Research volunteers needed. Must love talking about your cat


Image for article titled Volunteers needed for research.  Must love talking about your cat

Photo: Kachalkina Veronika (Shutterstock)

California researchers are calling on cat owners to do their favorite thing in the name of science: talk about their cat. The team aims figure out how to make remote vet visits more appealing to owners, in hopes of better ensuring cats can get regular medical care care they need.

The research is led by scientists from the Animal Welfare Epidemiology Laboratory at the University of California, Davis. They’re trying to solve a long-standing problem in the pet world. Compared to dogs, cats do not see the veterinarian as often during controls. And when they do, the experience can be particularly stressful for both. cat and owner.

In recent years, especially during the pandemic, telemedicine has emerged as a viable alternative or complement to in-person care for humans. So the team wants to see if the same can be true for cats too. As part of that goal, they are now asking cat owners to complete a short questionnaire about their attitudes towards telemedicine. If you are interested in participating, you can do so here.

“Ultimately, we want to assess whether video telemedicine will help increase owners’ accessibility and willingness to provide healthcare to their cat. This is especially important because cat owners are less likely to provide their cat with routine health care, compared to dogs and their owners,” Ashley Bidgoli, an undergraduate student in the lab, told Gizmodo in an email.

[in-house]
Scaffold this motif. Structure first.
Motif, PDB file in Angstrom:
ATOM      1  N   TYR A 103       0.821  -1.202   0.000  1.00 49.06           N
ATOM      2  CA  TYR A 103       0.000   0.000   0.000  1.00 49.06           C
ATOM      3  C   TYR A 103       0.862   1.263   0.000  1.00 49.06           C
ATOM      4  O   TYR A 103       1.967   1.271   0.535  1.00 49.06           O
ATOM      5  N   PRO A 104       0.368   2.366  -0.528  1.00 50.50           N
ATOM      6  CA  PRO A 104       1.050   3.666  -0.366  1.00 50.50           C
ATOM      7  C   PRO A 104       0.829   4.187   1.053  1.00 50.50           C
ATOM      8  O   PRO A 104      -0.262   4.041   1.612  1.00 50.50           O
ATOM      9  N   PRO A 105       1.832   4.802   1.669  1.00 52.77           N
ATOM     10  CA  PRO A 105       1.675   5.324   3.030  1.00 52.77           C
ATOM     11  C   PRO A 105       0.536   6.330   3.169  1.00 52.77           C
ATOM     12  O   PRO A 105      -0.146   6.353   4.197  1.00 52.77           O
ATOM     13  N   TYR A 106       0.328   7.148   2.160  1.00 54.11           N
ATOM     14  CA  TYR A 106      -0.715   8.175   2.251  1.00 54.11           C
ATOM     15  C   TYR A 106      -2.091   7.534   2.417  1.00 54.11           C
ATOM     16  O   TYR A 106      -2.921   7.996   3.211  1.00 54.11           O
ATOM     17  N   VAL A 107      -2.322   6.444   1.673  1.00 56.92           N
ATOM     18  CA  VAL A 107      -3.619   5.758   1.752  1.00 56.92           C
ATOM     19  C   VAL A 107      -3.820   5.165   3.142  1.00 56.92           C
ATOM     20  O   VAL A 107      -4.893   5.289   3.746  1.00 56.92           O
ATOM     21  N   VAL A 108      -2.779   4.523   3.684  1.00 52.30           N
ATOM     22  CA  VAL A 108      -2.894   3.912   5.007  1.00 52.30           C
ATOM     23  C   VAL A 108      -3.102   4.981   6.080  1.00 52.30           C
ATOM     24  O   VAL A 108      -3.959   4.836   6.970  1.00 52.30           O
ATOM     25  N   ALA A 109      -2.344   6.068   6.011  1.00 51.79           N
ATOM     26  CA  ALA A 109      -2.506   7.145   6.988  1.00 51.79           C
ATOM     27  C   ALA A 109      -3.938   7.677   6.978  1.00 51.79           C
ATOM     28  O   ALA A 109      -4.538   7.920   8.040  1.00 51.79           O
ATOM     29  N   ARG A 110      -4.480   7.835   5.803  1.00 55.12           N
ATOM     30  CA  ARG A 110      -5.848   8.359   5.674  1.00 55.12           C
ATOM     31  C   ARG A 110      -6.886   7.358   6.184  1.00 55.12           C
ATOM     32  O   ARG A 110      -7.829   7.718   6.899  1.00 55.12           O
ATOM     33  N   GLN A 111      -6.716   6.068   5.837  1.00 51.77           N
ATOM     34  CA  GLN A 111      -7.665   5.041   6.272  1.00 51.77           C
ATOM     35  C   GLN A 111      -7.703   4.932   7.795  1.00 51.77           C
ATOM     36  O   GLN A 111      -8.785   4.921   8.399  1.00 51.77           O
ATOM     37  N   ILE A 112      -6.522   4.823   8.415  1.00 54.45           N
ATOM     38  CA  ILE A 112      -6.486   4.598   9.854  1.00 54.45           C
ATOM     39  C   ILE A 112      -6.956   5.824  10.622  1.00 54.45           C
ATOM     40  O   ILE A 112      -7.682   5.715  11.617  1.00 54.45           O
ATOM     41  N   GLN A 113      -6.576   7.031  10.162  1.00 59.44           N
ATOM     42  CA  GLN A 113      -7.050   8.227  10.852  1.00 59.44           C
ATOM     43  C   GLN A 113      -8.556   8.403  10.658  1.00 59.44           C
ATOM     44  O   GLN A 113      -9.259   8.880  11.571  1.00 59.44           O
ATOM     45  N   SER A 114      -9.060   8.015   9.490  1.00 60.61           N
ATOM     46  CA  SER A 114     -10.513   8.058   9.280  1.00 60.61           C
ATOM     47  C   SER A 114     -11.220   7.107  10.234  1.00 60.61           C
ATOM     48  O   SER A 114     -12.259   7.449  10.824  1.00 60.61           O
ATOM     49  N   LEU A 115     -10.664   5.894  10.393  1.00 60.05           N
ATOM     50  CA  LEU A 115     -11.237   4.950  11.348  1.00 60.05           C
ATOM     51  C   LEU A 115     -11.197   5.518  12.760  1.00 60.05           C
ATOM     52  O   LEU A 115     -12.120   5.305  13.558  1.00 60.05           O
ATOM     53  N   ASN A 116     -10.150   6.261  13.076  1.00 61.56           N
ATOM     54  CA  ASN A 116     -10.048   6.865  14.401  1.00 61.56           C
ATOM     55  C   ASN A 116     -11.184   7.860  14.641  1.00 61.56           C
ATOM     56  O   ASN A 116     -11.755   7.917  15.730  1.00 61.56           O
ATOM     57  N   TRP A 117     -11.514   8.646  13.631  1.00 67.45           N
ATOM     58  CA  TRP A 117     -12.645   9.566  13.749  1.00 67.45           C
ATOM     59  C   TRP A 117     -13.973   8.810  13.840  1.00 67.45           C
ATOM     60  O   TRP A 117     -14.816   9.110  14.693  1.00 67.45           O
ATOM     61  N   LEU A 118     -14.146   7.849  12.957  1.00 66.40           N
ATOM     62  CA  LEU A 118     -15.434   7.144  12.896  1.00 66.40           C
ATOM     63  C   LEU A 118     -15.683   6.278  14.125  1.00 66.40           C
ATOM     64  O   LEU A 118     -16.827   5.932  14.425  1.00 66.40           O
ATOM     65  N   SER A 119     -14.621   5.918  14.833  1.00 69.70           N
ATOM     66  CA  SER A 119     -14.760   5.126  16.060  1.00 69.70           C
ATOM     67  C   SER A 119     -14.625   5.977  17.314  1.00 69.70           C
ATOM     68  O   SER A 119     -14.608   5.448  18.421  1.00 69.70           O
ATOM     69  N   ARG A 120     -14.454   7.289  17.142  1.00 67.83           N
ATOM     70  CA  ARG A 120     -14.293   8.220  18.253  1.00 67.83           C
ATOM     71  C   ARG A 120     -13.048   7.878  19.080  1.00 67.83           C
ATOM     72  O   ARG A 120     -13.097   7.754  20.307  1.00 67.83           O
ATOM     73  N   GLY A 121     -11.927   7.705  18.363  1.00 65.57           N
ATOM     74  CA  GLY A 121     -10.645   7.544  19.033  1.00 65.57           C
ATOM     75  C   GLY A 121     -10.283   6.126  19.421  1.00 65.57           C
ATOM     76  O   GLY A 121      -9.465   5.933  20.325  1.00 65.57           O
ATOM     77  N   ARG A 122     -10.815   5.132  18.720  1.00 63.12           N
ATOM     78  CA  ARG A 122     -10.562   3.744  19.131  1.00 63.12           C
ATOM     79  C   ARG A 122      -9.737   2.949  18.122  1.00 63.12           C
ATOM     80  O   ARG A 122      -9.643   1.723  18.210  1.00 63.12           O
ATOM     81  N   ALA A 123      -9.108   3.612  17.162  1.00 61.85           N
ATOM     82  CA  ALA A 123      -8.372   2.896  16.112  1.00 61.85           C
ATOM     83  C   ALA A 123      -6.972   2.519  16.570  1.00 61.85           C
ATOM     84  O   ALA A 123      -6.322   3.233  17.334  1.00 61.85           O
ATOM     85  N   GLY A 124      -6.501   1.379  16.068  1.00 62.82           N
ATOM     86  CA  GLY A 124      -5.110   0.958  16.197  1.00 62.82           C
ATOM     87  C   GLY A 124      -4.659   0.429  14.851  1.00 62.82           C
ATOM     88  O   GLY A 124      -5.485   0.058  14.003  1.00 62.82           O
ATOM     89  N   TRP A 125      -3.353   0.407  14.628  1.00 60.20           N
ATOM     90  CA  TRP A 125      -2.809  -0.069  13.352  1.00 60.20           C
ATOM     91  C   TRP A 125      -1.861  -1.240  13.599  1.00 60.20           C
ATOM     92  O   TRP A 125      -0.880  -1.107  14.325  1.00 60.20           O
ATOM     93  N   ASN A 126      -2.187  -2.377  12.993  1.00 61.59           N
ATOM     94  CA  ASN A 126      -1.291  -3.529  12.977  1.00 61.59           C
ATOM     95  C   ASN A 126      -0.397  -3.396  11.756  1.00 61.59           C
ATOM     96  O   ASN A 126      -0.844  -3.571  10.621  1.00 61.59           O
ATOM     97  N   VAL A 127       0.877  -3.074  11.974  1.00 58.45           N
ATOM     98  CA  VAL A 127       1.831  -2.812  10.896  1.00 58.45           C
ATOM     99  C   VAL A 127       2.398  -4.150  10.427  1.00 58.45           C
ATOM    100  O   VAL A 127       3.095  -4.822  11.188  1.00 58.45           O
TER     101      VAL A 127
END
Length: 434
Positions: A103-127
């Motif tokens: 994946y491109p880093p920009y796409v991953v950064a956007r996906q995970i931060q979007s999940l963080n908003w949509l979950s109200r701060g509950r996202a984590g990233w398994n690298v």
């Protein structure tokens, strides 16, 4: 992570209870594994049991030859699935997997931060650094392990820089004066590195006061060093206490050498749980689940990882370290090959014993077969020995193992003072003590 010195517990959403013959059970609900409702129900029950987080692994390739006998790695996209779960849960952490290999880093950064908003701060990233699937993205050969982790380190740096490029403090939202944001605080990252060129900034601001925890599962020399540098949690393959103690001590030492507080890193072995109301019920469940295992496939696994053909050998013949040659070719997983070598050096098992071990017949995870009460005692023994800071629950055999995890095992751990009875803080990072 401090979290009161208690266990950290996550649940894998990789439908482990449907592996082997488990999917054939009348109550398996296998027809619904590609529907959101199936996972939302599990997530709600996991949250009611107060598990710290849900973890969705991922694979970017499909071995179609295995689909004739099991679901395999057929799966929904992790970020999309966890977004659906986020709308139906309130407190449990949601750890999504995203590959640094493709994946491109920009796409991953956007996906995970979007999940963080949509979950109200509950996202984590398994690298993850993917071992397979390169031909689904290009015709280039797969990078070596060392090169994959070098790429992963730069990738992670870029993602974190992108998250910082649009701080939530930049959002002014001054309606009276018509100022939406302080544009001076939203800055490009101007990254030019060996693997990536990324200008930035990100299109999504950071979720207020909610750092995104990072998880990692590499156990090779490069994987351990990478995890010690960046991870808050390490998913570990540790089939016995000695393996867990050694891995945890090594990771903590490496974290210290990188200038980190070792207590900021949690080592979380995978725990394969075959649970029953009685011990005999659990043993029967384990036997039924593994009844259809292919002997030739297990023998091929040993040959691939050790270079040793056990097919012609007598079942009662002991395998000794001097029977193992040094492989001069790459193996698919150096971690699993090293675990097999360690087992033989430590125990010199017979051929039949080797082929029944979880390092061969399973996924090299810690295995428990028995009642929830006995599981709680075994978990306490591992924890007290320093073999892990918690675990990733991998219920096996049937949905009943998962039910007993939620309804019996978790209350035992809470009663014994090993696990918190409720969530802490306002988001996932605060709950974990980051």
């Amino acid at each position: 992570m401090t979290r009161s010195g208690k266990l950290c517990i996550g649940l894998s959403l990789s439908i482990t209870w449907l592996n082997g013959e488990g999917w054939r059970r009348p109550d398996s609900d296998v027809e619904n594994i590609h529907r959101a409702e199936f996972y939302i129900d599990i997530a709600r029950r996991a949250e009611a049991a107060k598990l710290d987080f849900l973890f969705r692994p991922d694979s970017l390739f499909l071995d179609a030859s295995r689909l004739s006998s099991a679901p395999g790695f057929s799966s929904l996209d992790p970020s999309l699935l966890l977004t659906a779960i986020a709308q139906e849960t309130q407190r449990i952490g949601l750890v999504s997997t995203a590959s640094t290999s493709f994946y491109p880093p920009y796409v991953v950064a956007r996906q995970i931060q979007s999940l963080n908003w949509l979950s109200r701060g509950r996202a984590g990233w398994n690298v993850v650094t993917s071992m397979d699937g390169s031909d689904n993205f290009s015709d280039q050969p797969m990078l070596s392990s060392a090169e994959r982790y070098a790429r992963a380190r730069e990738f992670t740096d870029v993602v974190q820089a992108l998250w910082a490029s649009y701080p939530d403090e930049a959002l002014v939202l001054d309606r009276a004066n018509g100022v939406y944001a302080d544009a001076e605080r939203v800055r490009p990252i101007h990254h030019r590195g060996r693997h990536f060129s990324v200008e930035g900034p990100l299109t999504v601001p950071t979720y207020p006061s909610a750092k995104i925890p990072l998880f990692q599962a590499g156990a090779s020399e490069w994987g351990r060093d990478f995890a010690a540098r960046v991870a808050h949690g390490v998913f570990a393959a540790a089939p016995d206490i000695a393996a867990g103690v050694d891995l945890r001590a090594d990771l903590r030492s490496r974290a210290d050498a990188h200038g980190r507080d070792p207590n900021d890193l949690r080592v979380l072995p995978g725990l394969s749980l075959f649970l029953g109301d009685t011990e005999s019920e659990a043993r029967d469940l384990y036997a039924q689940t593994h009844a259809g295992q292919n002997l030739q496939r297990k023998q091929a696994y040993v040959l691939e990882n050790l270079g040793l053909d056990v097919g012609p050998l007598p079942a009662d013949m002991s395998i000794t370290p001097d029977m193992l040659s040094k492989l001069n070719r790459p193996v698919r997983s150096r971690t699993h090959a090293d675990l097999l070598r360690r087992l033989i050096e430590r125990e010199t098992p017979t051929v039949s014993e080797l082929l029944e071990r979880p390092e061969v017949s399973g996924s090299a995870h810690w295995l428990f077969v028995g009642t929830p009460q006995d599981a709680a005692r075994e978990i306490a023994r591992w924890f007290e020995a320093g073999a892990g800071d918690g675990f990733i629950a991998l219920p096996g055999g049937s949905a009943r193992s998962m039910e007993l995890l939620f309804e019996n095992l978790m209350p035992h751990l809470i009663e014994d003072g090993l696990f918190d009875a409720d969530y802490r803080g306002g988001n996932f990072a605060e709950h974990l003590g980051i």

Bidgoli notes that many state veterinary regulations only allow the use of telemedicine if the cat still physically sees the vet at least once a year. These programs are therefore not intended to replace the traditional visit, bbut they might make it more feasible and affordable for owners to see a vet for less.urgent concerns or to maintain an overall high quality of health care for their furry felines.

“Video telemedicine also allows the veterinary team to directly view the home environment, which can help optimize home management of behavioral issues and chronic illnesses. Additionally, video telemedicine can also be useful for recheck-type appointments such as post-surgery check-ins where in-person visits may not be necessary,” Bidgoli said.

The survey will be open to anyone over the age of 18 owning at least one cat, and no prior experience with the use of remote veterinary visits is required. The team is looking to recruit between 1,200 and 2,000 volunteers. SIf all goes well, they hope to have their research published in about a year.